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The best thing to do when the Irish weather turns on you is to take shelter in a great little cafe and get a flat white and some cake! These gems along the Causeway Coastal Route are perfect for just that.
There is nothing ordinary about this list of cafes. There are all unique in their own right and nothing short of exceptional. Whether you fancy a killer cup of coffee, a traditional Irish stew in front of a turf fire or freshly baked bread, we’ve got you covered.
Here are six of our favourite cafes along the Causeway Coastal Route.
1. Roark’s Kitchen, Ballintoy
This quaint little stone tearoom serves up one of the best selection of home-baked goods you will ever see. Located on the quayside at Ballintoy Harbour, it also serves hot soups, stews and pies. It’s the perfect warm-up food after a surf or SUP! But do be warned, they don’t accept card.
More info: Roark’s Kitchen
2. Red Door Tea Room, Ballintoy
This traditional café with its red wooden door might not look like much from the outside, but don’t judge a book by its cover. Inside this traditional Irish cottage is a menu so delicious, my mouth is watering at the very thought. The lunch menu serves up fish chowder, freshly caught mackerel and Irish stew. And there are plenty of freshly baked sweet treats too. You can choose to dine inside the cottage or in the cute wooden cabin in the garden. A welcoming turf fire burns on colder days.
More info: Red Door Tea Room
3. The French Rooms, Bushmills
This French-inspired café is a must if you happen to be in Bushmills. From the zinc-topped tables to the cosy snugs and Salon de Thé with its warm and welcoming open fire, you could come in here and easily not leave for the rest of the day! And we haven’t even started on the food yet. Offering hearty breakfasts, cakes, and heartier meals, it’s a delight. And if you do manage to peel yourself out of your seat, you can take a wander around the Huguenot Room with its time aged furnishings and novel gift ideas.
More info: The French Rooms
4. Ursa Minor, Ballycastle
When owners Dara and Ciara returned from a stint in New Zealand where they had discovered a new passion for fresh, local produce, they struggled to find really good bread in Ireland. Taking matters into their own hands, they started to make their own. The Bakehouse in Ballycastle was born and most recently the adjacent Ursa Minor cafe became another welcome addition to Ballycastle.
Open Thursday to Saturday, the delicious menu is all about a few things done really well. Bread is the focal point of the menu as you would expect, but it’s complemented with local produce such as North Coast Smokehouse Salmon and chutney from the woman next door. The sweet treats are exceptional too!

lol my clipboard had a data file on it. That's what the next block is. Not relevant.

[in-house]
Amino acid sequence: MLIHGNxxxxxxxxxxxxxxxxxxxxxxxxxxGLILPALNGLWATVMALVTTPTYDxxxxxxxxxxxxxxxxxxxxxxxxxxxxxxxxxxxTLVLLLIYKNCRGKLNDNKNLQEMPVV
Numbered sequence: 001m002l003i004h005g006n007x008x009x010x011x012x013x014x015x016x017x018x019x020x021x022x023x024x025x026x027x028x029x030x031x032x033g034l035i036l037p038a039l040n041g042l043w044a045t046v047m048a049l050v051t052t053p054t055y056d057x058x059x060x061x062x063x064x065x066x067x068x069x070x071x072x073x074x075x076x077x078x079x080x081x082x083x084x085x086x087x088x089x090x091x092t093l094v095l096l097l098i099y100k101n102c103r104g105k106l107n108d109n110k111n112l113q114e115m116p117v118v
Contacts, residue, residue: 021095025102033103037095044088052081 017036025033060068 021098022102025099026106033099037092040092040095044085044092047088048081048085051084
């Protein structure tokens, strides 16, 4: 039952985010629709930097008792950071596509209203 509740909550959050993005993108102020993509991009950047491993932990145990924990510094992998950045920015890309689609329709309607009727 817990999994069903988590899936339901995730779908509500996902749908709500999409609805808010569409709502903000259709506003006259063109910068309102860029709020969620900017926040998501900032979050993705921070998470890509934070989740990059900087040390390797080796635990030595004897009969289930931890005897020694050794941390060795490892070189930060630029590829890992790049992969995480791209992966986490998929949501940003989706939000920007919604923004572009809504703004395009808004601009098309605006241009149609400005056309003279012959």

More info: Ursa Minor
5. 3hree Kings Coffee Co, Portstewart
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3hree Kings offers a really good cup of coffee and some delicious food to boot. With everything made on site, the staff are more than happy to tailor your order to suit your tastes. The menu is extensive and will definitely hit the spot no matter what you are in the mood for, whether that be some avocado and eggs on sourdough or some moist carrot cake. It’s also a great place to sit on a stormy day as you can watch the waves crash up over the harbour wall right outside.
More info: 3hree Kings Coffee
6. Babushka, Portrush
What a spot! This funky café on Portrush pier offers views that really can’t be beaten. Owner George Nelson has made it a hub for good food and good vibes. Collaborating with cheesemakers and brewers, offering a selection of pro-biotic drinks, hosting coffee cup gatherings and a menu brimming with locally sourced produce, there really is nothing else like it. It’s eclectic but it’s always delicious!
More info: Babushka
7. Bothy, Whitepark Bay
This quirky roadside cafe is easy to miss as you whizz by with your eyes firmly fixed on the incredible views. However, it is well worth a stop. With a turf-fired stove and an impressive array of cakes and comfort food, it is the perfect place to refuel and relax. On summer evenings, Bothy hosts pizza evenings in their garden which is lit by fairy lights. Emerging from a large wood-burning oven, the pizzas are lip-smackingly delicious.
More info: Bothy
Getting to the Causeway Coast:
Just a two-hour jaunt up the road from Dublin, Belfast is really easy to get to thanks to the brilliant M1 motorway. Or alternatively, you can catch the train which takes just over two hours from Connolly Station in Dublin. Another 40 minutes up the coast will have you at the Causeway Coast. Don’t forget that it’s mandatory to wear a mask on public transport and in indoor spaces in Northern Ireland. Check out the Know Before You Go webpage for the latest guidelines.
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